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Toxicological information

Developmental toxicity / teratogenicity

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Administrative data

Endpoint:
developmental toxicity
Data waiving:
study scientifically not necessary / other information available
Justification for data waiving:
other:
Justification for type of information:
JUSTIFICATION FOR DATA WAIVING
Based on the existing data, there is no evidence of reproductive and developmental toxicity. According to the Guidance on Information Requirements and Chemical Safety Assessment (section R7A Reproductive and Developmental toxicity, p370), no further data is required for the assessment of the developmental toxicity of ADCA.
• In the one-generation study on rats (Hatano Research Institute, 2000), no alert on reproductive toxicity has been highlighted after oral treatment at doses of 0, 100, 300 and 1000mg/kg. In parental animals, no ADCA-related effects were observed on abnormality in the oestrous cycle, the mating period, the number of vaginal estruses during the mating period, the fertility index, the number of parturition-related abnormality, the birth rate, the gestation period. The histology revealed no changes related to ADCA in the testes, pituitary glands, epididymides, seminal vesicle, coagulating glands, prostate, thyroids or kidneys in males. In females, no changes related to ADCA were noted in the pituitary glands, thyroids, ovaries, uterus, cervix, vagina or kidneys. The offspring showed no effects on general signs or symptoms, including behaviour and no effects on development. No morphological findings were observed to be ADCA related.
• A three-generation study in rats which received diets (bread) made of flour that had been treated with azodicarbonamide (100 mg/kg) showed no effect on fertility, reproduction or lactation in any generation (Oser et al. 1965, secondary sources: SIDS 2001, IPCS 1999). Given that azodicarboxamide is readily converted to biurea during the baking process, the relevance of this study could be questionable but results are supported by observations of a three-generation study in which rats were given diets containing up to 7500 mg biurea/kg (equivalent to approximately 450 mg/kg body weight per day). For each generation, rats were mated twice, and the first litter was sacrificed at weaning. From the second litter, 10 males and 10 females were chosen at random to form the parents for the next generation. The study finished with the weaning of the F3 generation. For each generation, fertility index (percentage of mating resulting in pregnancy), gestation index (number of pregnancies resulting in live litters), viability index (numbers of pups surviving 4 or more days), and lactation index (numbers of pups alive at 4 days surviving to weaning) were determined. No reproductive effects were observed (Oser et al., 1963; Oser et al., 1965).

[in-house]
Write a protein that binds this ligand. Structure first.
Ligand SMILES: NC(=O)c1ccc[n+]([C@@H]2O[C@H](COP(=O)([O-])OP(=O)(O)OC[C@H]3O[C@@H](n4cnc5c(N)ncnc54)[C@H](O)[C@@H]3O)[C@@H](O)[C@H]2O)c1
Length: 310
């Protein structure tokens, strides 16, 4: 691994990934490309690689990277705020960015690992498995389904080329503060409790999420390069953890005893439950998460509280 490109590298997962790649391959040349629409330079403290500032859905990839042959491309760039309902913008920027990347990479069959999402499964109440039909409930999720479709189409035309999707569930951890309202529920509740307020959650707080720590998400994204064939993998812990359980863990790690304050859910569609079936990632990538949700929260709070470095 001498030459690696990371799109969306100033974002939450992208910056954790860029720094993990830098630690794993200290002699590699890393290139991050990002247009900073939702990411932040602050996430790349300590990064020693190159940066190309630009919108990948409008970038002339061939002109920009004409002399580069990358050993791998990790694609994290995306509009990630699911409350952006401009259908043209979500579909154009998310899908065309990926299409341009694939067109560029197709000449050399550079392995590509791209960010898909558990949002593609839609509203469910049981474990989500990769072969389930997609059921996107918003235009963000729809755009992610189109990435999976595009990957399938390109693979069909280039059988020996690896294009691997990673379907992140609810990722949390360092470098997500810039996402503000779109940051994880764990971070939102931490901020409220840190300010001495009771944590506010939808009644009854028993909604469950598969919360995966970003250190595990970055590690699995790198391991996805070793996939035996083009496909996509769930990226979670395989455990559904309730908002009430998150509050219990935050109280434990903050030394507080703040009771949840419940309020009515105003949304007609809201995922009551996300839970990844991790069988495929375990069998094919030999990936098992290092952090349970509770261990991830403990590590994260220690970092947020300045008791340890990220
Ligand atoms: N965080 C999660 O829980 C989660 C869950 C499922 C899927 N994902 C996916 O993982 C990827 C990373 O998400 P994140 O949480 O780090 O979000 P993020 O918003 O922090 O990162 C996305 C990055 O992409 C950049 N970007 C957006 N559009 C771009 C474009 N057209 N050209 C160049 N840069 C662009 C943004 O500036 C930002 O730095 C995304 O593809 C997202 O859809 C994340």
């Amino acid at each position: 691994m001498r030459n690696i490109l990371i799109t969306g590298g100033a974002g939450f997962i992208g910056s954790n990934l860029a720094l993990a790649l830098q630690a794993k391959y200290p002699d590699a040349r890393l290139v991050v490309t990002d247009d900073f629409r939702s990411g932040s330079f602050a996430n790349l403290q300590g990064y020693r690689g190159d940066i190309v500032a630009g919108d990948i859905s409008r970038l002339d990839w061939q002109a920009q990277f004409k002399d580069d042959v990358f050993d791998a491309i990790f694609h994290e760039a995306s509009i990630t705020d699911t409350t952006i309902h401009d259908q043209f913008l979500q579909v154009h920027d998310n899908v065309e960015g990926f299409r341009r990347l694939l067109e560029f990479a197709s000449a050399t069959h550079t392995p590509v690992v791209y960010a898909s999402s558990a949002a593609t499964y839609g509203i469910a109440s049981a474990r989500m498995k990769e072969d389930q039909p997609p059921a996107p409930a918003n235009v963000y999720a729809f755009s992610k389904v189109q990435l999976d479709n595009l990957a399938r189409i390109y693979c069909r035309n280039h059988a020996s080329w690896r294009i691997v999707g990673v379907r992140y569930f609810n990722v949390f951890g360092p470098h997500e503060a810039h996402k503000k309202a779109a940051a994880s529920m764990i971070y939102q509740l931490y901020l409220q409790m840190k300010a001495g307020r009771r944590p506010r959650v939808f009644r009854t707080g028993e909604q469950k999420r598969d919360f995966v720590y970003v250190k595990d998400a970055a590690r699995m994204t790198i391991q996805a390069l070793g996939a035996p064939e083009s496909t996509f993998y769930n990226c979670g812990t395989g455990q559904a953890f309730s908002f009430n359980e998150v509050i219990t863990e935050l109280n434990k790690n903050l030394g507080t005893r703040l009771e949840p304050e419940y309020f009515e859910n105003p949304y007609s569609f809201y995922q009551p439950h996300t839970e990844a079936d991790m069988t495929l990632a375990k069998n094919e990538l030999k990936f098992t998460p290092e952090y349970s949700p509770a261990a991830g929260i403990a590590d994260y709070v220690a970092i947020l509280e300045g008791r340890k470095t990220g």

• In a 13 week study by inhalation on rats at concentrations of 0, 50, 100 and 200mg/m3, no significant change in vaginal cytology was observed. In males, no effect was noted on the right caudal weight, the right epididymal weight, the right testicle weight, sperm motility, sperm count/weight of caudal tissue, or the incidence of abnormal sperm. An increase in sperm count was observed in rat treated at 50 and 100 mg/kg but cannot be relevant because is unrelated to the other observations in testicles (Medinsky et al., 1990). Conclusion: No evidence of any effect on the number and development of offspring in a one-generation study realised in rats at dose-levels of ADCA up to 1000mg/kg/d and in three-generation study in rats with ADCA at 100mg/kg/d and biurea, main metabolite of ADCA, at doses-levels up to 450mg/kg/d. This is supported by the absence of adverse effects on their post-natal development (during lactation) in the generational studies and the lack of adverse effects in sperm morphology in the 13-week inhalation study on rat. Based on these existing data, there is no evidence of reproductive and developmental toxicity. According to the REACh regulation, no further data is required for the assessment of the developmental toxicity of ADCA. The developmental tests can therefore be waived.

Data source

Referenceopen allclose all

Reference Type:
publication
Title:
Effect of inhaled azodicarbonamide on F344/N rats and B6C3F1 mice with 2-week and 13-week inhalation exposures
Author:
Medinsky et al.,
Year:
1990
Bibliographic source:
Fundamental and Applied Toxicology 15, pages 308-319.
Reference Type:
publication
Title:
The fate of inhaled azodicarbonamide in rats.
Author:
Mewhinney J.A., Ayres P.H., Bechtold W.E. et al.
Year:
1987
Bibliographic source:
Fundam Appl Toxicol; 8 (3). 372-381.
Reference Type:
publication
Title:
Nutritional studies on rats on diets containing high levels of partial ester emulsifiers. 11. Reproduction and lactation.
Author:
Oser B, Oser M.
Year:
1963
Bibliographic source:
Journal of nutrition, 60:489-505.
Reference Type:
publication
Title:
Studies of the safety of azodicarbonamide as a Fluor-Maturing agent.
Author:
Oser, B.L.; Oser, M.; Morgareidge, K.
Year:
1965
Bibliographic source:
Toxicol. Appl. Pharmacol. 7, 445-472 (1965).
Reference Type:
study report
Title:
Unnamed
Year:
2000
Reference Type:
review article or handbook
Title:
OECD SIDS Initial assessment report for SIAM 12, 2001. Azodicarbonamide.
Author:
OECD
Year:
2001
Reference Type:
review article or handbook
Title:
IPCS, Concise International Chemical Assessment Document 16. Azodicarbonamide.
Author:
WHO
Year:
1999

Materials and methods

Results and discussion

Results (fetuses)

Fetal abnormalities

Abnormalities:
not specified

Overall developmental toxicity

Developmental effects observed:
not specified

Applicant's summary and conclusion